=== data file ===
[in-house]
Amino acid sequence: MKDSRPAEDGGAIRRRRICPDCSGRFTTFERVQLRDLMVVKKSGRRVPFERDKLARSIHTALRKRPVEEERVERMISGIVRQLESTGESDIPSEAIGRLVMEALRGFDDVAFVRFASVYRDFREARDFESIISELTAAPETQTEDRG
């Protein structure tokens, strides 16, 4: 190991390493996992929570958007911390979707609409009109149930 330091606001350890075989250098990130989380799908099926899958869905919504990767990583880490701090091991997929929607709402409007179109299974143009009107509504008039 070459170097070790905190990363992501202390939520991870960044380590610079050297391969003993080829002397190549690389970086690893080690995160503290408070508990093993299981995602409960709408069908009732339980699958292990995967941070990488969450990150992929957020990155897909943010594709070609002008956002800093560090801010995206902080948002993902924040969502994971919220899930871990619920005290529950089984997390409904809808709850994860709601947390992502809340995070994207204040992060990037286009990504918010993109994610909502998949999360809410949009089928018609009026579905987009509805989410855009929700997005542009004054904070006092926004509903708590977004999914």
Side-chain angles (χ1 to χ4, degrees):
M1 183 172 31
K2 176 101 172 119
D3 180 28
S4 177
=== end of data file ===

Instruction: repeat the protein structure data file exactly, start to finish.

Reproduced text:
[in-house]
Amino acid sequence: MKDSRPAEDGGAIRRRRICPDCSGRFTTFERVQLRDLMVVKKSGRRVPFERDKLARSIHTALRKRPVEEERVERMISGIVRQLESTGESDIPSEAIGRLVMEALRGFDDVAFVRFASVYRDFREARDFESIISELTAAPETQTEDRG
């Protein structure tokens, strides 16, 4: 190991390493996992929570958007911390979707609409009109149930 330091606001350890075989250098990130989380799908099926899958869905919504990767990583880490701090091991997929929607709402409007179109299974143009009107509504008039 070459170097070790905190990363992501202390939520991870960044380590610079050297391969003993080829002397190549690389970086690893080690995160503290408070508990093993299981995602409960709408069908009732339980699958292990995967941070990488969450990150992929957020990155897909943010594709070609002008956002800093560090801010995206902080948002993902924040969502994971919220899930871990619920005290529950089984997390409904809808709850994860709601947390992502809340995070994207204040992060990037286009990504918010993109994610909502998949999360809410949009089928018609009026579905987009509805989410855009929700997005542009004054904070006092926004509903708590977004999914």
Side-chain angles (χ1 to χ4, degrees):
M1 183 172 31
K2 176 101 172 119
D3 180 28
S4 177